Considering Our "Fortunate Mess"




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Nov 03, 2013
by Louise Hallman
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Considering Our "Fortunate Mess"

Case studies from Egypt, Libya, Tunisia and Yemen tell of stalled progress Salzburg Global Fellow Iman Mandour speaks from the floor of Parker Hall

Whilst all four countries have gone through massive political transitions in the past two years, the situations in Egypt, Libya, Tunisia and Yemen due have their own specificities. But the one striking similarity in all countries is the resounding pessimism.

“The situation in Yemen is a mess... We don’t know if we should regret the actions of the Arab Spring,” stated one Fellow during presentations on the current state of affairs in each of the four focus countries for the 'Getting Transition Right: A Rights-Based Approach Towards Diversity and Inclusivity' program.

Since the ousting of Ali Abdullah Saleh in 2012, fractious fighting has continued in Yemen.

In the North sectarianism is taking hold, whilst in the South, a feeling of betrayal has led to increased separatist sentiment.

The new establishment is now “sharing the sweets among themselves” making ordinary Yemenis question what—if any—real progress has been made.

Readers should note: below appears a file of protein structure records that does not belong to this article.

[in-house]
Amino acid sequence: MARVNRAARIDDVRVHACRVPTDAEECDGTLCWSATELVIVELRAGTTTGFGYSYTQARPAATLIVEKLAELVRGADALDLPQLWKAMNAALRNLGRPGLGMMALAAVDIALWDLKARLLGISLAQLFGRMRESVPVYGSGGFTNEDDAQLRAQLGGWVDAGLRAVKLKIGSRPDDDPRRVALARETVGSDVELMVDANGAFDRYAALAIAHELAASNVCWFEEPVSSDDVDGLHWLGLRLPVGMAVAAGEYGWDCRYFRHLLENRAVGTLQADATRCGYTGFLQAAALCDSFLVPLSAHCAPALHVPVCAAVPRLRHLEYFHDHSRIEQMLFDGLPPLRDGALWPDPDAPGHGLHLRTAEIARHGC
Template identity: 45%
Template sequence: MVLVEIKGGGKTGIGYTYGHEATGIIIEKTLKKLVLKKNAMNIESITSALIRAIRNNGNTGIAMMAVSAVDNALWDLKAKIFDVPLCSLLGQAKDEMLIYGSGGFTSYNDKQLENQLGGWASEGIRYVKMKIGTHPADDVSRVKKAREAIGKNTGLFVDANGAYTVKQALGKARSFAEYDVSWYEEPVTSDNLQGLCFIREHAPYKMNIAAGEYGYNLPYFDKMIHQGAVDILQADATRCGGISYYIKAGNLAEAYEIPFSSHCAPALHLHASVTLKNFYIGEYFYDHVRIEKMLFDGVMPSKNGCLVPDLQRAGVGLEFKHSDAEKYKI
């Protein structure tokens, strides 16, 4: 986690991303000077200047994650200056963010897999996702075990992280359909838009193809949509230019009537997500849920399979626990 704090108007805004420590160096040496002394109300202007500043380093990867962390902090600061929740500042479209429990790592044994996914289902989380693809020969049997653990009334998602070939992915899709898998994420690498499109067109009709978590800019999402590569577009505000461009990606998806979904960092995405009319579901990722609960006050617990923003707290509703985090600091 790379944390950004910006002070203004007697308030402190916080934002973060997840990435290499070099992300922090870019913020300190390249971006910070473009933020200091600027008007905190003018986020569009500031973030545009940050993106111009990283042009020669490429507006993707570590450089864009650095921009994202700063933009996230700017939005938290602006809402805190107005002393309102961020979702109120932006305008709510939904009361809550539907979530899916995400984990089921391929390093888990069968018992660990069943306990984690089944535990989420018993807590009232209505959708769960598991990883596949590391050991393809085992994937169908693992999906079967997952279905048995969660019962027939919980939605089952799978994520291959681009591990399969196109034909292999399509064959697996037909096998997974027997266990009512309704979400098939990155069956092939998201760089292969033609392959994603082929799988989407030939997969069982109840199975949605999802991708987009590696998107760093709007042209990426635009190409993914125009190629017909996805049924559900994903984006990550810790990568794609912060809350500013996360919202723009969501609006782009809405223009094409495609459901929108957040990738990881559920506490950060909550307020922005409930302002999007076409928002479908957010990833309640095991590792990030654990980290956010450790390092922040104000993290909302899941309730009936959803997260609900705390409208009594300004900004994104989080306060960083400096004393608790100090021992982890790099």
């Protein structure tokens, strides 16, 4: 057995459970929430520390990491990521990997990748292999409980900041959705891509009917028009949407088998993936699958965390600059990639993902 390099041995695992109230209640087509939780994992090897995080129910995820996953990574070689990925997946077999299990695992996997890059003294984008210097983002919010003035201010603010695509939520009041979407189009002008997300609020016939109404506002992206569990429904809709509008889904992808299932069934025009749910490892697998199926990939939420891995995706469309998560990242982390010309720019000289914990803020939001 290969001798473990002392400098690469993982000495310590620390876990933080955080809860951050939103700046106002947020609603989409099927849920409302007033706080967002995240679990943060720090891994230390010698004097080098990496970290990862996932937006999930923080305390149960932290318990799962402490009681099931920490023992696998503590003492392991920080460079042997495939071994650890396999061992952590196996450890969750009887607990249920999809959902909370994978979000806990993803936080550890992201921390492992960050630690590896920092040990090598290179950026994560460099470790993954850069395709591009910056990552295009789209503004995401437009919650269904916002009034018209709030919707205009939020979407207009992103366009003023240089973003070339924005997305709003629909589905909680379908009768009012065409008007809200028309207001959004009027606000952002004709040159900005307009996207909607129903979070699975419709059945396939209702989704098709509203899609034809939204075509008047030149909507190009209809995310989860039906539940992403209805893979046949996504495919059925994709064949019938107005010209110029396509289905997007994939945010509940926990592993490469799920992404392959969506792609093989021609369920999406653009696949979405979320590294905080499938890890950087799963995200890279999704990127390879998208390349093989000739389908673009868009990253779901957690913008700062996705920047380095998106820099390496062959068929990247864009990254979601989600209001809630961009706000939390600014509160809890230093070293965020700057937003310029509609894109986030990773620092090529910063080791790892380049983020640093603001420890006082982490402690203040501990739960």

In Libya, the once united sectors of society have lost common purpose now that Gaddafi is gone.

Despite successful elections, the GNC remains elusive, with the lack of constituency offices stopping citizens from accessing their elected representatives.

“If you want something done, you’d better have a militia,” one Fellow remarked.

Powerful militias are now essentially holding Libya to ransom.

In Egypt, a culture of retribution has taken hold. A developing group mentality – both of the majority and minorities – has led to a dehumanization of marginalized sections of society, in turn leading to increased violence coupled with an avoidance of personal responsibility.

Tunisia was the birthplace of the Arab Spring. It was the state of the economy and unemployment that led to Mohamed Bouazizi’s self-immolation—yet economic issues abound still.

Positives could be found in the fact that election processes have been established and human rights norms appear to be taking root, with the new governments at least paying lip-service even if their actions still leave a lot to be desired.

And even if politicians are still behind the curve on human rights, an “opinion poll you didn’t expect to come out of Libya” indicated that staggeringly high proportions of respondents said they believed in such rights as women’s equality and freedom of the press.

But as to just how much this poll reflects the whole population remains uncertain, much like the region’s future.